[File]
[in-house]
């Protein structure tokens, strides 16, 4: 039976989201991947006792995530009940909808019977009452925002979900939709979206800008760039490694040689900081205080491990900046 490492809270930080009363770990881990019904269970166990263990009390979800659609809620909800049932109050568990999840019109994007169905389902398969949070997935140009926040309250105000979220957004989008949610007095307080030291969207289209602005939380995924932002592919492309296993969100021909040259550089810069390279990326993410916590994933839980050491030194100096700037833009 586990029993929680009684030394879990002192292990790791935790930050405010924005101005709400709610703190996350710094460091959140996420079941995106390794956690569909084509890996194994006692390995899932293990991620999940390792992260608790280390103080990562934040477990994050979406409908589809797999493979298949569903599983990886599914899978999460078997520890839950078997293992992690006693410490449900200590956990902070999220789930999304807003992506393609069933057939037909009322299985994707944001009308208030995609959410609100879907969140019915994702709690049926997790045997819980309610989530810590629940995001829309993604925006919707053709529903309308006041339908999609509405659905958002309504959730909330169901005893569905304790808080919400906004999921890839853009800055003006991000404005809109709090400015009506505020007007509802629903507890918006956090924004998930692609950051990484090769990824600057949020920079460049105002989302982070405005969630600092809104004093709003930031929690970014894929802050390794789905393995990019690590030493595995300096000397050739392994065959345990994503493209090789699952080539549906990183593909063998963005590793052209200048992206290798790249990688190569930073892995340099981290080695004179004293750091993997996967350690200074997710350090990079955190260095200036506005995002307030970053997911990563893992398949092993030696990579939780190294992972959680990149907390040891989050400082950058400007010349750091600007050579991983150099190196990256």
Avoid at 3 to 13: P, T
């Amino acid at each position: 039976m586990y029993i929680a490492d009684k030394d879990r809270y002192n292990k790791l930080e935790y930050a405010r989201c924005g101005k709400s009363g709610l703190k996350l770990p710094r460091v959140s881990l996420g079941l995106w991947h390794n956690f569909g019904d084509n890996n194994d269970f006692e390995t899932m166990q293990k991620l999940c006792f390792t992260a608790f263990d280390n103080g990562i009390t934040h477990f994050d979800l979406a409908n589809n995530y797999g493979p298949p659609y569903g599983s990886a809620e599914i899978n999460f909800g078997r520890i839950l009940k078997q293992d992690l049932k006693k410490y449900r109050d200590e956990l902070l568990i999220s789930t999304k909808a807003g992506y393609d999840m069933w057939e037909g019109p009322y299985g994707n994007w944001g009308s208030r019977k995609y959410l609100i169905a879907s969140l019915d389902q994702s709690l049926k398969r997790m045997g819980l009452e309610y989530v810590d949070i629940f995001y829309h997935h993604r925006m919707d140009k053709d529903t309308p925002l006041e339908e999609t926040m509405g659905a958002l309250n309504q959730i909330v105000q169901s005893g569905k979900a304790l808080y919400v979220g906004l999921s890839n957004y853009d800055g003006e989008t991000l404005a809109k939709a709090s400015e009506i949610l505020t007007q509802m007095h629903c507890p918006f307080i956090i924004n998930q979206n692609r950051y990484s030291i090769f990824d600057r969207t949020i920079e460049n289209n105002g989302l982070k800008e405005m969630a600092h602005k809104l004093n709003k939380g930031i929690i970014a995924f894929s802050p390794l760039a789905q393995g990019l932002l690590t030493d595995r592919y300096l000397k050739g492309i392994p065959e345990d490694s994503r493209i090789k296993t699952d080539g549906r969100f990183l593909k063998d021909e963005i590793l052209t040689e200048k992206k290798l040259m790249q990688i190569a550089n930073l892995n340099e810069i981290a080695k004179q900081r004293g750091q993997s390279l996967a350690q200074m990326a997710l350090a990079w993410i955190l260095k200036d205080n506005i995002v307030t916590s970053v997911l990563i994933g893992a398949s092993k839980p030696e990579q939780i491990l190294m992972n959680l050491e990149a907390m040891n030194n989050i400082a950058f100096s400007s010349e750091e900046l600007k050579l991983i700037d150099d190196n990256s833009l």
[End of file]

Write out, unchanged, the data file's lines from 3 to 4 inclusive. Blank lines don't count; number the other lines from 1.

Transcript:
Avoid at 3 to 13: P, T
């Amino acid at each position: 039976m586990y029993i929680a490492d009684k030394d879990r809270y002192n292990k790791l930080e935790y930050a405010r989201c924005g101005k709400s009363g709610l703190k996350l770990p710094r460091v959140s881990l996420g079941l995106w991947h390794n956690f569909g019904d084509n890996n194994d269970f006692e390995t899932m166990q293990k991620l999940c006792f390792t992260a608790f263990d280390n103080g990562i009390t934040h477990f994050d979800l979406a409908n589809n995530y797999g493979p298949p659609y569903g599983s990886a809620e599914i899978n999460f909800g078997r520890i839950l009940k078997q293992d992690l049932k006693k410490y449900r109050d200590e956990l902070l568990i999220s789930t999304k909808a807003g992506y393609d999840m069933w057939e037909g019109p009322y299985g994707n994007w944001g009308s208030r019977k995609y959410l609100i169905a879907s969140l019915d389902q994702s709690l049926k398969r997790m045997g819980l009452e309610y989530v810590d949070i629940f995001y829309h997935h993604r925006m919707d140009k053709d529903t309308p925002l006041e339908e999609t926040m509405g659905a958002l309250n309504q959730i909330v105000q169901s005893g569905k979900a304790l808080y919400v979220g906004l999921s890839n957004y853009d800055g003006e989008t991000l404005a809109k939709a709090s400015e009506i949610l505020t007007q509802m007095h629903c507890p918006f307080i956090i924004n998930q979206n692609r950051y990484s030291i090769f990824d600057r969207t949020i920079e460049n289209n105002g989302l982070k800008e405005m969630a600092h602005k809104l004093n709003k939380g930031i929690i970014a995924f894929s802050p390794l760039a789905q393995g990019l932002l690590t030493d595995r592919y300096l000397k050739g492309i392994p065959e345990d490694s994503r493209i090789k296993t699952d080539g549906r969100f990183l593909k063998d021909e963005i590793l052209t040689e200048k992206k290798l040259m790249q990688i190569a550089n930073l892995n340099e810069i981290a080695k004179q900081r004293g750091q993997s390279l996967a350690q200074m990326a997710l350090a990079w993410i955190l260095k200036d205080n506005i995002v307030t916590s970053v997911l990563i994933g893992a398949s092993k839980p030696e990579q939780i491990l190294m992972n959680l050491e990149a907390m040891n030194n989050i400082a950058f100096s400007s010349e750091e900046l600007k050579l991983i700037d150099d190196n990256s833009l």